Recovery And Beyond

Ultimately, medical assistance for detox is invaluable. It’s difficult enough to recover from alcoholism under ideal circumstances, so don’t make the issue more challenging by attempting to act as your own doctor. Medical assistance helps keep withdrawal symptoms manageable and prepares the physical body for the recovery process. People who undergo medically assisted detox have a much better chance of achieving sobriety than those who attempt home or self-detox.

Medically Assisted Detox Is A Strong Start To Recovery

Recovery from any type of substance abuse is a long-term process with many steps, and medical assistance during detox provides a fantastic foundation for recovery. It’s much easier to handle the psychological and emotional aspects of recovery with a healthy body, and medically assisted detox helps prevent alcoholism from inflicting serious physical harm before counseling and treatment begins.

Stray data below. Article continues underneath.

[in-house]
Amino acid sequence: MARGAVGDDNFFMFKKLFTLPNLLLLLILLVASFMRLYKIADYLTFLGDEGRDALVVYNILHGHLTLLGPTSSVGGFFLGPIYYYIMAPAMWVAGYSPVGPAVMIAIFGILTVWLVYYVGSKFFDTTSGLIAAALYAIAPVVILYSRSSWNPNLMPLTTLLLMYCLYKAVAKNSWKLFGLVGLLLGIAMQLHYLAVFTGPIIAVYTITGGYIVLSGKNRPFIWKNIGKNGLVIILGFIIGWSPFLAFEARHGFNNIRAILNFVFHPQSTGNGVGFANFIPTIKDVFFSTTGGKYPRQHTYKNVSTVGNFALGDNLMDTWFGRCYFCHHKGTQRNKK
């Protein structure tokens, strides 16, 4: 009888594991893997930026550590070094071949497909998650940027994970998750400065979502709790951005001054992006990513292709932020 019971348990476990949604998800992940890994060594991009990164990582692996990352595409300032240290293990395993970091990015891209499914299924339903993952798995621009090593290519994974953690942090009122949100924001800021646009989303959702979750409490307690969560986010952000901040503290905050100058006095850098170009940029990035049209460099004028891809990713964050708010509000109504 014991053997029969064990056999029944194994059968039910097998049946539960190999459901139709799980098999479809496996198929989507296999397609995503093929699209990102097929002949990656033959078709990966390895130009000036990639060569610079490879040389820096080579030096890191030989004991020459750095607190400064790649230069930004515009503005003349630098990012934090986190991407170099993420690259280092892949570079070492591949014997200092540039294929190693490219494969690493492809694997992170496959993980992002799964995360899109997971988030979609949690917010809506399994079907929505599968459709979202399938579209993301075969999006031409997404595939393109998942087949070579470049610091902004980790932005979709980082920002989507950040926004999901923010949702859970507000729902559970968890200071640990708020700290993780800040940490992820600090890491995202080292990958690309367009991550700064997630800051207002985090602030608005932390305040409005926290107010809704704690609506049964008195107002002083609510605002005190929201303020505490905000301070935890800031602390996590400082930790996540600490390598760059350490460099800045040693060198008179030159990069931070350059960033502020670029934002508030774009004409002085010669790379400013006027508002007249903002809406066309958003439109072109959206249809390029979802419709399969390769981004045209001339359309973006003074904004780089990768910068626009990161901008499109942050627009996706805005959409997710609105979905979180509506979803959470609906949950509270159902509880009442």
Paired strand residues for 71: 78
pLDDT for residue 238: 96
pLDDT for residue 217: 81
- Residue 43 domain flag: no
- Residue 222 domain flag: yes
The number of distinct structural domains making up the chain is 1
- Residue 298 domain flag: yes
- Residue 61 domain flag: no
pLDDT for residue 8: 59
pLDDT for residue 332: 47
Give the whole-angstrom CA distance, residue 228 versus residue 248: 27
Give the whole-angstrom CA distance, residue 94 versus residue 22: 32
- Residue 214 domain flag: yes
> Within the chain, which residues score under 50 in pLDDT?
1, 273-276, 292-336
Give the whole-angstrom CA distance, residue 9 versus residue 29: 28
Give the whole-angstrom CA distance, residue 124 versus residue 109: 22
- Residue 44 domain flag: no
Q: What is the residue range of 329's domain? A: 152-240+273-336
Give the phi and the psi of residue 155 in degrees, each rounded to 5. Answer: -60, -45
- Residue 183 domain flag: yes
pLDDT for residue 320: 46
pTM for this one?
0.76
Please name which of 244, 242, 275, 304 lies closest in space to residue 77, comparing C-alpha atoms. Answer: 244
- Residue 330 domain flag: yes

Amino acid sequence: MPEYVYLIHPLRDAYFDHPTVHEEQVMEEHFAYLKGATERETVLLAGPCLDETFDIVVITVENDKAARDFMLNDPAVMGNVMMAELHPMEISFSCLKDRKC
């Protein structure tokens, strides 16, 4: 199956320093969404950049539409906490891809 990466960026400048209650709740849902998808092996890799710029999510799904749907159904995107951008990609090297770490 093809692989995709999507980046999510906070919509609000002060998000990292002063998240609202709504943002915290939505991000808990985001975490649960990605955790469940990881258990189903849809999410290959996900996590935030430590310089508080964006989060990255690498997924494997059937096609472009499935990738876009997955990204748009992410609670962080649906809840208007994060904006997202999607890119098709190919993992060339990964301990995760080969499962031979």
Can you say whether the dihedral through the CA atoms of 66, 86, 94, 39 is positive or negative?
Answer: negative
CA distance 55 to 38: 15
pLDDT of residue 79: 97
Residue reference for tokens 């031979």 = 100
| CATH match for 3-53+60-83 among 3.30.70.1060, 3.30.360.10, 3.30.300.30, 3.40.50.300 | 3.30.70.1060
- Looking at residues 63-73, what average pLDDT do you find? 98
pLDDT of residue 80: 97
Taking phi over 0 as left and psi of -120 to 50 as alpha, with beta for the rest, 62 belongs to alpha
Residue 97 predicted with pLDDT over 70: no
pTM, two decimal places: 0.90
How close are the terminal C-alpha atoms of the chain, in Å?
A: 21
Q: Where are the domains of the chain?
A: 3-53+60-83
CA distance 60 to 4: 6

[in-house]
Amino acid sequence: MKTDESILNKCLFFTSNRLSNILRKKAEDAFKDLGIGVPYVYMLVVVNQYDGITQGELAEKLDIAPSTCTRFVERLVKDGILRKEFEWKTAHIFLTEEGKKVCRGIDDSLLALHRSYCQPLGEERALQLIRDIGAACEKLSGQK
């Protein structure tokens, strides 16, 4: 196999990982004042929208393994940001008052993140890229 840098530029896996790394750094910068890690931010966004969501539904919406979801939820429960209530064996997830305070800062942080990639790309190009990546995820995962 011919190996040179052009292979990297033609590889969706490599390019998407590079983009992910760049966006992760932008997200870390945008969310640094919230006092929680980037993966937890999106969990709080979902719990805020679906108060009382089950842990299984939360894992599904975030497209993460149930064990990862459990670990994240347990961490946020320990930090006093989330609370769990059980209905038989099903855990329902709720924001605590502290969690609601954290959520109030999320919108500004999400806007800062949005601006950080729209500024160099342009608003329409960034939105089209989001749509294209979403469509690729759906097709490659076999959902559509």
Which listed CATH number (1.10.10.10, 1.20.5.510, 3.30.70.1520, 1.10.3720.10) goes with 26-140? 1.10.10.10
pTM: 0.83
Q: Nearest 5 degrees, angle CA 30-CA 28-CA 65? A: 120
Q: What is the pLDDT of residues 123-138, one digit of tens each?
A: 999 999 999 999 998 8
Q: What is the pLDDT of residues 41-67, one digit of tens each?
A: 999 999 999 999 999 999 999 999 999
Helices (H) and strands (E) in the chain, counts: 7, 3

Medical assistance for detox provides the best way to start recovery. Instead of dealing with withdrawal symptoms for any longer than necessary or facing serious fatal risks from the DTs or other symptoms of alcohol withdrawal, medically assisted detox is the safest option for alcohol addiction recovery.

Becca Shaeffer


Becca Shaeffer is our resident health nut. An Ohio native, she loathes for the day she can quit her day job and move to somewhere warmer. When she's not at the gym, she's either hacking her way through skin treatments or thinking about her favorite cheat meal - thin crust pizza with anchovies and jalapenos.


About Author

Becca Shaeffer

Becca Shaeffer is our resident health nut. An Ohio native, she loathes for the day she can quit her day job and move to somewhere warmer. When she's not at the gym, she's either hacking her way through skin treatments or thinking about her favorite cheat meal - thin crust pizza with anchovies and jalapenos.